Swift Protocol-Oriented Programming Example

1. Introduction

Protocol-Oriented Programming (POP) is a programming paradigm introduced by Swift which emphasizes the use of protocols and protocol extensions over traditional inheritance-based approaches. Swift’s POP allows developers to create flexible and reusable code, and is especially useful when multiple types share similar behaviors. Let’s delve into a practical example to understand this concept.

2. Source Code Example

// 1. Defining a protocol
protocol Drivable {
    var isEngineRunning: Bool { get set }
    func startEngine()
    func stopEngine()

// 2. Protocol extension
extension Drivable {
    mutating func startEngine() {
        isEngineRunning = true
        print("Engine started.")
    mutating func stopEngine() {
        isEngineRunning = false
        print("Engine stopped.")

// 3. Struct conforming to Drivable
struct Car: Drivable {
    var isEngineRunning = false

// 4. Using the Drivable protocol
var myCar = Car()


Engine started.
Engine stopped.

3. Step By Step Explanation

1. Defining a Protocol:

- We begin by defining a Drivable protocol that any type can adopt to become drivable. This protocol declares two methods: startEngine() and stopEngine(). Additionally, there’s a property requirement isEngineRunning to track the engine status.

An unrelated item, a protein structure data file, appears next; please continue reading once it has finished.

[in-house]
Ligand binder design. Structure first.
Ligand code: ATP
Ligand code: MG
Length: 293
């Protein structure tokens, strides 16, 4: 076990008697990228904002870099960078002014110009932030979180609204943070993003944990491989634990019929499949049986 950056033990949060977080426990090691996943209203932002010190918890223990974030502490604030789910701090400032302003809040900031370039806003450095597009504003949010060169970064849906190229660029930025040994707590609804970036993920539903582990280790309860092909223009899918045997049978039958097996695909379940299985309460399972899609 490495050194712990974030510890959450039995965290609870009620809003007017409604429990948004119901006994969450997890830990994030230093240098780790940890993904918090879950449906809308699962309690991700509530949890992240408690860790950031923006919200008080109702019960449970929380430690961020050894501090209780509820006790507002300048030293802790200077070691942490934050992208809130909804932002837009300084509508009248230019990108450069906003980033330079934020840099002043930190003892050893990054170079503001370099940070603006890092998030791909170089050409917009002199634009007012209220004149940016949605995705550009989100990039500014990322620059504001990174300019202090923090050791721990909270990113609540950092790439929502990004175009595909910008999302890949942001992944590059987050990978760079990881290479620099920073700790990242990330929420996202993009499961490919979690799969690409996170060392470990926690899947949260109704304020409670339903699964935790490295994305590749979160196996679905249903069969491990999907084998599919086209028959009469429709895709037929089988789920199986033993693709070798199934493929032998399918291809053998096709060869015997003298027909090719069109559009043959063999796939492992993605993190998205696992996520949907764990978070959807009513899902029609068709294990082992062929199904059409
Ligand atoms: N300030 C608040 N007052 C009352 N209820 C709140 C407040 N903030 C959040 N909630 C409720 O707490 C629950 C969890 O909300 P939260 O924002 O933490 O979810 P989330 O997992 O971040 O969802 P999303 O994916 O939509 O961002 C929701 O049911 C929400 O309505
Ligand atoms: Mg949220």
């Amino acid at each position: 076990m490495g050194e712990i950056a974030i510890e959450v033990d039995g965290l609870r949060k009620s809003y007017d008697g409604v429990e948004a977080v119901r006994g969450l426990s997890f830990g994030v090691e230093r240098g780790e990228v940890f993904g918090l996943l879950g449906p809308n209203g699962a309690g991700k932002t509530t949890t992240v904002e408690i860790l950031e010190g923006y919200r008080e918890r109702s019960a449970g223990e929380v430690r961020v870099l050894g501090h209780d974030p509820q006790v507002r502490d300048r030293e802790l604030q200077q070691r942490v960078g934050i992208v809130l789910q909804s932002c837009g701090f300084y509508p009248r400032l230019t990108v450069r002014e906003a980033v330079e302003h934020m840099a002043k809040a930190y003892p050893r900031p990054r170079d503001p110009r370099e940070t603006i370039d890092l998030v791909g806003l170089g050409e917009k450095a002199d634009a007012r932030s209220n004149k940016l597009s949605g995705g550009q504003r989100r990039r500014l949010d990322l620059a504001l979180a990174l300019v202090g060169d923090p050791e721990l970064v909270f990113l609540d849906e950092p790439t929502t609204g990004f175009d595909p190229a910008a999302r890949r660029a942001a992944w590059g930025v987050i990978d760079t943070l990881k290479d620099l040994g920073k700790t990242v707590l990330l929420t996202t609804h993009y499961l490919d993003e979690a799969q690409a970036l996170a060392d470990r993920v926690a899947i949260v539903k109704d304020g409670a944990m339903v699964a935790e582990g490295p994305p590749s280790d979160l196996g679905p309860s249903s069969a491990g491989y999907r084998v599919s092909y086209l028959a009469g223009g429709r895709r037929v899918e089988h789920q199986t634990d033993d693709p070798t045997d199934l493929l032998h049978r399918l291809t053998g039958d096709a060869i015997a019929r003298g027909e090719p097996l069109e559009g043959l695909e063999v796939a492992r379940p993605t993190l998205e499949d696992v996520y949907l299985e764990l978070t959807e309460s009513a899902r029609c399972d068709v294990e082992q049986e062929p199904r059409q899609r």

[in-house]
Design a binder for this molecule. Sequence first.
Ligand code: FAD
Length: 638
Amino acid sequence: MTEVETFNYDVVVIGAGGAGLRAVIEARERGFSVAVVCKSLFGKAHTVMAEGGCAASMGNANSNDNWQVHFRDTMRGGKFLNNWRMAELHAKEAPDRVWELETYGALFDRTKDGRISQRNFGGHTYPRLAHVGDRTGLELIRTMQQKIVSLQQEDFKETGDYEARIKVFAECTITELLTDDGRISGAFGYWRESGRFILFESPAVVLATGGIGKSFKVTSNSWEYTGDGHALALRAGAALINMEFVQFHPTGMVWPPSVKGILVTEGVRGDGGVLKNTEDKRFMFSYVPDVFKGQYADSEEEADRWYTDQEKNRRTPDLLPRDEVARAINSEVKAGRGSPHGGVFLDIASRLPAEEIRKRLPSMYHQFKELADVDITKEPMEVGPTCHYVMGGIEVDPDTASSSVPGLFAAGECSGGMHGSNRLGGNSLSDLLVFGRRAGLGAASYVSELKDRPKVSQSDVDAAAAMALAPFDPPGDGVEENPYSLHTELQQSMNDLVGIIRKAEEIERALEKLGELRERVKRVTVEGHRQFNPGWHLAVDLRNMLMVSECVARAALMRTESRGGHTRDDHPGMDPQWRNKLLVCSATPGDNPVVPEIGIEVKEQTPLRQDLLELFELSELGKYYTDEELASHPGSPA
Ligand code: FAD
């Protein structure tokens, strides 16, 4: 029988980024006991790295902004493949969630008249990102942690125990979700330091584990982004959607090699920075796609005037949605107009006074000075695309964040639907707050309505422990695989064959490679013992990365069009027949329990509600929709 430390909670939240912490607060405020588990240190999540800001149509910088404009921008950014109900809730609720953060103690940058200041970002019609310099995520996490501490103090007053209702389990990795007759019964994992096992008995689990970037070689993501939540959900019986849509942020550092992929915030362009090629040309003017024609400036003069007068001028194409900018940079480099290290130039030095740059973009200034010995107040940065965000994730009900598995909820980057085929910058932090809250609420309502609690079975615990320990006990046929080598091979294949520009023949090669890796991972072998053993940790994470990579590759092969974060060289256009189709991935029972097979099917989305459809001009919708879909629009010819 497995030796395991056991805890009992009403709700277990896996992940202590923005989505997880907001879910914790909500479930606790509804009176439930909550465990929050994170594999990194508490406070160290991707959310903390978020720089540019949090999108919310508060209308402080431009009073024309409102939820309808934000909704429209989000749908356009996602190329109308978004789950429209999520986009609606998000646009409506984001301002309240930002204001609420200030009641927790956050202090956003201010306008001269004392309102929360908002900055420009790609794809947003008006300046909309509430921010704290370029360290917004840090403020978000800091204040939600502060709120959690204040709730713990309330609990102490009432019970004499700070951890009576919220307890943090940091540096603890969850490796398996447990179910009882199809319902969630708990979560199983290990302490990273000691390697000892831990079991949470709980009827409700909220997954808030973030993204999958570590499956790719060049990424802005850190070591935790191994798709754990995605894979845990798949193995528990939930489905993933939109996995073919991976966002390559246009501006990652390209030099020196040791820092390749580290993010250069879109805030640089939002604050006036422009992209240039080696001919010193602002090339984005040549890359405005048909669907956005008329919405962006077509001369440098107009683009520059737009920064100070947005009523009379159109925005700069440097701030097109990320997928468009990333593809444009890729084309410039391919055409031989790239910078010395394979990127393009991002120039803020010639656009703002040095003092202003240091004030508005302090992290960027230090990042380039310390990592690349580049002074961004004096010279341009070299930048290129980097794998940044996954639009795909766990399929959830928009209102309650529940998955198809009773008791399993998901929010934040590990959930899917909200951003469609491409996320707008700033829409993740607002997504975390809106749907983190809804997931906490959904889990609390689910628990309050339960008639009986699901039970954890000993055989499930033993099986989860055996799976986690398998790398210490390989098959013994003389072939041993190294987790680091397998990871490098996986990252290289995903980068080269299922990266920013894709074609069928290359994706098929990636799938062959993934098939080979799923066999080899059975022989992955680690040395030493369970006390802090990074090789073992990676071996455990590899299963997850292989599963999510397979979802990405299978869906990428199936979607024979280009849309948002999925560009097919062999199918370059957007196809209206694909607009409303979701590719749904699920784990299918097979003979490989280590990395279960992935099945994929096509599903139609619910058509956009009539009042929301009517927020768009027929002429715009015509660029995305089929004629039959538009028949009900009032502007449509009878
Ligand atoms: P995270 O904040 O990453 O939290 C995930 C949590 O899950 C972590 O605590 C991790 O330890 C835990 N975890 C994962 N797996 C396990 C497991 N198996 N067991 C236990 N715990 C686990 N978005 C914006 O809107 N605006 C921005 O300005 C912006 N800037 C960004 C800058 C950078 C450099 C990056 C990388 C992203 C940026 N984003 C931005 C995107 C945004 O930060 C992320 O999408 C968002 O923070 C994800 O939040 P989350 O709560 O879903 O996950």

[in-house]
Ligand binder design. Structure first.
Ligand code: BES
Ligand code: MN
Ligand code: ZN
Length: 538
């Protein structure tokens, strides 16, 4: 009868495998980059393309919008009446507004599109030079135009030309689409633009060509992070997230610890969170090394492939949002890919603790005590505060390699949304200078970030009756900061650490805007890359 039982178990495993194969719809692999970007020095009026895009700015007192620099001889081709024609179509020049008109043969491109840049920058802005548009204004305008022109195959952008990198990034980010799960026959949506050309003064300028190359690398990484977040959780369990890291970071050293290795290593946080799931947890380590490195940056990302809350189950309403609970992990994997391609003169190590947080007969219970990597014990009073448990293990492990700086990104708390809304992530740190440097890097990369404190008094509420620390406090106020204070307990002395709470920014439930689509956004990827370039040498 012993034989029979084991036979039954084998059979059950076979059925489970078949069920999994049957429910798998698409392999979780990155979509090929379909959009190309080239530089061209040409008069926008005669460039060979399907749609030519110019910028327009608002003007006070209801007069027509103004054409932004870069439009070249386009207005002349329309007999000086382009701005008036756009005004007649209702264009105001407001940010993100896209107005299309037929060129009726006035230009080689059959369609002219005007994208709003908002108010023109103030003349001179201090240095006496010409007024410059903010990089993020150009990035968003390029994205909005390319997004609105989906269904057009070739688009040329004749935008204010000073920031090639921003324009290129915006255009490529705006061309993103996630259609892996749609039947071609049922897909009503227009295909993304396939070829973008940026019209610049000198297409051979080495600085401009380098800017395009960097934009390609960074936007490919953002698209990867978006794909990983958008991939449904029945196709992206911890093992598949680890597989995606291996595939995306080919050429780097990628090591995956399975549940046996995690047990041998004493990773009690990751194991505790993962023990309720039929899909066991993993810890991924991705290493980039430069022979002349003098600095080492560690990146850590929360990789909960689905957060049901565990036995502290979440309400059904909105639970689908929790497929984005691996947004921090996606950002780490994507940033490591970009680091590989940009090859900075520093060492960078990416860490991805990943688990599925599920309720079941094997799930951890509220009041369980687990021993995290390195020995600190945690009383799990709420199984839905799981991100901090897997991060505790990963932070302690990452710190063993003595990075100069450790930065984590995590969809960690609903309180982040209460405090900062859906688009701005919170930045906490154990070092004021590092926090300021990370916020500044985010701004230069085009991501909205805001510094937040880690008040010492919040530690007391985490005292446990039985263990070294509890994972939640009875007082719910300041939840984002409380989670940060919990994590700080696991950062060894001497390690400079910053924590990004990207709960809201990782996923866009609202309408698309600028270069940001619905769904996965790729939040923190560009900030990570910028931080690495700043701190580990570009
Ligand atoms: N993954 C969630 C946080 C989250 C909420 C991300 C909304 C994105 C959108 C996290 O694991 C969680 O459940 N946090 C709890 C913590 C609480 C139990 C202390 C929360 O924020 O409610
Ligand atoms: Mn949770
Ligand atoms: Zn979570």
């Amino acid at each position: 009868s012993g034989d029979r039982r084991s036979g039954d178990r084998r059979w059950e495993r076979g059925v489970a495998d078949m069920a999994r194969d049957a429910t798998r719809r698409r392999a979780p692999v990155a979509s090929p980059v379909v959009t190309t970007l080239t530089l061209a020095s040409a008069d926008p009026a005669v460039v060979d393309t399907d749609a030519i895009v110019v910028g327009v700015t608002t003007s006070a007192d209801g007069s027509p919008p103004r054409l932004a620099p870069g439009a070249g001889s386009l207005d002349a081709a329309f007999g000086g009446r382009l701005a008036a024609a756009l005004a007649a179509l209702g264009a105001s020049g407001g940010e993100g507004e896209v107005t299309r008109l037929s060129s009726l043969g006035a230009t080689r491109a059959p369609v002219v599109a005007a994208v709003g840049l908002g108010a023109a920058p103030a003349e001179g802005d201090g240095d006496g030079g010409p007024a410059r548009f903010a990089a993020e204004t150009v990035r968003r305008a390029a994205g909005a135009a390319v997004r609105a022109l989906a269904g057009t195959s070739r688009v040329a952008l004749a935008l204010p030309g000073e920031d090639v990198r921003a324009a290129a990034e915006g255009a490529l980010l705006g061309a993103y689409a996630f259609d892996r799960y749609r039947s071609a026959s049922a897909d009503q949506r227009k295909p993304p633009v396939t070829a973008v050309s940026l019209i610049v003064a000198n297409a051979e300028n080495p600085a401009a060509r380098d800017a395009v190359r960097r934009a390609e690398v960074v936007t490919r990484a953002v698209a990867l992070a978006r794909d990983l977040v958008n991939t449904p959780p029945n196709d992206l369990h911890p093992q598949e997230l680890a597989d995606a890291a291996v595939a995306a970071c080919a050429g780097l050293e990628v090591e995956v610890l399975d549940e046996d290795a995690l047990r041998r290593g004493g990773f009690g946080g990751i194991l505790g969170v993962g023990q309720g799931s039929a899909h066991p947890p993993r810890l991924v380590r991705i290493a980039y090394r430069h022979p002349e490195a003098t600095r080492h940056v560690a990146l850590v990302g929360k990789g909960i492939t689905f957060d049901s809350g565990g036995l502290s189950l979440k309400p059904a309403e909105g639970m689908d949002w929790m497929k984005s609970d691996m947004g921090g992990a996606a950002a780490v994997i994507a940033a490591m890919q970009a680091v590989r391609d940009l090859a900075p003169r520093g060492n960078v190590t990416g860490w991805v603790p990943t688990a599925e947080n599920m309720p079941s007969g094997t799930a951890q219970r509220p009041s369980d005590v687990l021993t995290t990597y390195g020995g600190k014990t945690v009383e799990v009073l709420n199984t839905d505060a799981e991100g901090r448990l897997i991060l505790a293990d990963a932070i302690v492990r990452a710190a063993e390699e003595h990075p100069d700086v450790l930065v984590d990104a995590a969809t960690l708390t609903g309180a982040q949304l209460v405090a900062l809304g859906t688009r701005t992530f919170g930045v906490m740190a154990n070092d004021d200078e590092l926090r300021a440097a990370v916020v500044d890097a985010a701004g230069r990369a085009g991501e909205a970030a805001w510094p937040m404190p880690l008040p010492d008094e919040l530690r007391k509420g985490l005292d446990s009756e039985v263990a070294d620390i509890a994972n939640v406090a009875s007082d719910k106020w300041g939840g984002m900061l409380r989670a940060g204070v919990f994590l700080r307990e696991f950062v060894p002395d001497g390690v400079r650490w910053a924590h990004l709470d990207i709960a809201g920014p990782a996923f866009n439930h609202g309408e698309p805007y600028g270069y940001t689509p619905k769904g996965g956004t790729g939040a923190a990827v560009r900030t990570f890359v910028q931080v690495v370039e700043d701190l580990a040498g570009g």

2. Protocol Extension:

- Rather than leaving it to individual types to implement the methods, we provide default implementations within a protocol extension. This way, any type adopting Drivable gets these implementations for free, but can still override them if needed.

3. Struct Conforming to Drivable:

- Here, we have a Car struct that adopts the Drivable protocol. Since we have provided default implementations in the protocol extension, the Car struct doesn’t need to implement the methods itself.

- The Car struct only needs to provide its own storage for the isEngineRunning property as required by the Drivable protocol.

4. Using the Drivable Protocol:

- We create an instance of Car named myCar and use the methods startEngine() and stopEngine(). Even though we didn’t define these methods in Car, the struct inherits them from the protocol extension. 

Swift's Protocol-Oriented Programming brings in the benefits of flexibility and reusability, allowing developers to write cleaner code by focusing on behaviors and contracts (protocols) rather than a rigid inheritance chain.